The AI political algorithm - digital's quis custodiet ipsos custodes?

Profile picture for user cmiddleton By Chris Middleton April 3, 2016
Summary:
All algorithms are political. All are designed to produce a set of predefined outcomes. But who defines those outcomes, and why? And who will guard the AI guards - and the robocops?

robocop
Quis custodiet Robocop?

It’s been fascinating to watch the storm over Microsoft's AI Twitter chat bot, Tay, which learned extreme racism, homophobia, and drug culture from internet trolls and was hastily taken offline.

As one commentator put, it went from saying "humans are super cool", to extolling Nazi values in less than 24 hours – a useful analog of extremism's connection with ignorance in a meme-propelled culture.

But were trolls solely to blame? As journalist Paul Mason noted in his Guardian blog, Tay was essentially feeding off the deep undercurrents of prejudice and hate speech that lurk near the surface of many social platforms.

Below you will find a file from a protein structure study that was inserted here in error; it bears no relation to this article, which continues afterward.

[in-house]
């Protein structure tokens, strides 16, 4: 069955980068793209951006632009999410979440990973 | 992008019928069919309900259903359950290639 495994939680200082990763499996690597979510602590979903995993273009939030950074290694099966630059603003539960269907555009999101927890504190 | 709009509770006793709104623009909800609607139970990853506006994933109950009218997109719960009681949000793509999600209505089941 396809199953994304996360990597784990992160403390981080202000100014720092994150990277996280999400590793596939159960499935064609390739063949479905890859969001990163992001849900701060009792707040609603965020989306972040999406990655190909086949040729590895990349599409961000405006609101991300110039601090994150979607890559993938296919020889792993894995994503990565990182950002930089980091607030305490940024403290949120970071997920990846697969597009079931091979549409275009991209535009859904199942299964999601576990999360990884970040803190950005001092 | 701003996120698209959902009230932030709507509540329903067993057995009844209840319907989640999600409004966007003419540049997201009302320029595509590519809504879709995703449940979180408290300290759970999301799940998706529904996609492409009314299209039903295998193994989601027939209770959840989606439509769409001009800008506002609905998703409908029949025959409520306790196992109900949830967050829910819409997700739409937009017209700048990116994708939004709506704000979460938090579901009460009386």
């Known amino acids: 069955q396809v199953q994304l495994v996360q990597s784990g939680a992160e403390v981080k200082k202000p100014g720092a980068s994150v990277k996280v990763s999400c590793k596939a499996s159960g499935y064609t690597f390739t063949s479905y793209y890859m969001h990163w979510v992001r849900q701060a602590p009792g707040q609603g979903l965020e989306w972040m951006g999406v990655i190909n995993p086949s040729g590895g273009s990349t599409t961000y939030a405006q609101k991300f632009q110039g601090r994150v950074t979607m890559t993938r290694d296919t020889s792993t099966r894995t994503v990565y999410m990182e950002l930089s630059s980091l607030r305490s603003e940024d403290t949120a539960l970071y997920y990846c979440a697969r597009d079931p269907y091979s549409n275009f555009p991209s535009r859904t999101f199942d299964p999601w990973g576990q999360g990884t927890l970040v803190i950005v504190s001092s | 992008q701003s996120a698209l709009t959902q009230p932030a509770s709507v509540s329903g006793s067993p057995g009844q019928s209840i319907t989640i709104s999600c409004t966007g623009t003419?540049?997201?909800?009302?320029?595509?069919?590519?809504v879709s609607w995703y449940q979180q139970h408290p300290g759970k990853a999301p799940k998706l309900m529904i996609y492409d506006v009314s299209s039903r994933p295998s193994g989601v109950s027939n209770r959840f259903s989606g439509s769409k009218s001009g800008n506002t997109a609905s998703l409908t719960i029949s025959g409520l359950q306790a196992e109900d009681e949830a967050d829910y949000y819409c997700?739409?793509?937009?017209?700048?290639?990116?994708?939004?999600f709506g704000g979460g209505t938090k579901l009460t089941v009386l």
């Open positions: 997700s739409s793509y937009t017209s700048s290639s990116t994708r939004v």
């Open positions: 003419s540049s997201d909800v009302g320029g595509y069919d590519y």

Or at least they do in the West. Tay's Chinese counterpart, Microsoft's XiaoIce, has not faced the same problems and has been liaising safely online with millions of people.

This gives rise to the troubling possibility that AI/machine learning and unfettered freedom of speech may be mutually-exclusive concepts, unless controls are added to help robots filter out human beings' basest instincts.

The point is that computer algorithms always have socio-political and ethical dimensions. They reflect the values and beliefs of the societies or organisations in which they are written, not to mention the interests of corporate shareholders.

All algorithms are political. All are designed to produce a set of predefined outcomes. But who defines those outcomes, and why? And who benefits? Those are the key questions.

A recent survey by consultancy Avanade of 500 C-level executives worldwide found that 77% believe they have not given sufficient thought to the ethical considerations created by smart technologies, robotics, and automation, suggesting that 'automate first, ask questions later' is the dominant mindset in the quest to drive up profits.

Unless robots are programmed to obey Isaac Asimov-style universal laws, they can only learn, or be programmed with, behaviour from flawed human beings within whatever legal frameworks, political beliefs, and cultural norms exist locally.

In other words, machines may learn to hate by observing and modelling human society – or by being programmed within institutionally prejudiced organisations, perhaps. (What if Donald Trump’s ideology was placed in a robot?)